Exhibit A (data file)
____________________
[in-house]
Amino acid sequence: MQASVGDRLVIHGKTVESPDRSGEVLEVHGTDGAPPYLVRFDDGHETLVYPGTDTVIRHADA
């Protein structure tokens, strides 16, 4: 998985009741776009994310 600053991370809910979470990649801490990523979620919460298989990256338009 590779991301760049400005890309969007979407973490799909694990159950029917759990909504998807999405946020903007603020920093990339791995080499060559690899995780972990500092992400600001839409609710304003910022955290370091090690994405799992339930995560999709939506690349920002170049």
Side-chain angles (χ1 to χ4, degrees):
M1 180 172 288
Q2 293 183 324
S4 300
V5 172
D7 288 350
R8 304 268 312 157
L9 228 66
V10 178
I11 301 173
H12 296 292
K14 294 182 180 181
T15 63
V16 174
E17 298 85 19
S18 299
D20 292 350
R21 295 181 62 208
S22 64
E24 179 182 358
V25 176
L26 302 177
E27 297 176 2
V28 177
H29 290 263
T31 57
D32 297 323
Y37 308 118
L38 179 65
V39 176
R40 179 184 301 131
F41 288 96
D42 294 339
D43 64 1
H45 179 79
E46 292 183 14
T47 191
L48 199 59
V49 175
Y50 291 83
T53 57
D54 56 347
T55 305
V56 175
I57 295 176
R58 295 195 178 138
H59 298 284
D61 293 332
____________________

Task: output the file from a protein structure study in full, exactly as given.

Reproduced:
[in-house]
Amino acid sequence: MQASVGDRLVIHGKTVESPDRSGEVLEVHGTDGAPPYLVRFDDGHETLVYPGTDTVIRHADA
């Protein structure tokens, strides 16, 4: 998985009741776009994310 600053991370809910979470990649801490990523979620919460298989990256338009 590779991301760049400005890309969007979407973490799909694990159950029917759990909504998807999405946020903007603020920093990339791995080499060559690899995780972990500092992400600001839409609710304003910022955290370091090690994405799992339930995560999709939506690349920002170049």
Side-chain angles (χ1 to χ4, degrees):
M1 180 172 288
Q2 293 183 324
S4 300
V5 172
D7 288 350
R8 304 268 312 157
L9 228 66
V10 178
I11 301 173
H12 296 292
K14 294 182 180 181
T15 63
V16 174
E17 298 85 19
S18 299
D20 292 350
R21 295 181 62 208
S22 64
E24 179 182 358
V25 176
L26 302 177
E27 297 176 2
V28 177
H29 290 263
T31 57
D32 297 323
Y37 308 118
L38 179 65
V39 176
R40 179 184 301 131
F41 288 96
D42 294 339
D43 64 1
H45 179 79
E46 292 183 14
T47 191
L48 199 59
V49 175
Y50 291 83
T53 57
D54 56 347
T55 305
V56 175
I57 295 176
R58 295 195 178 138
H59 298 284
D61 293 332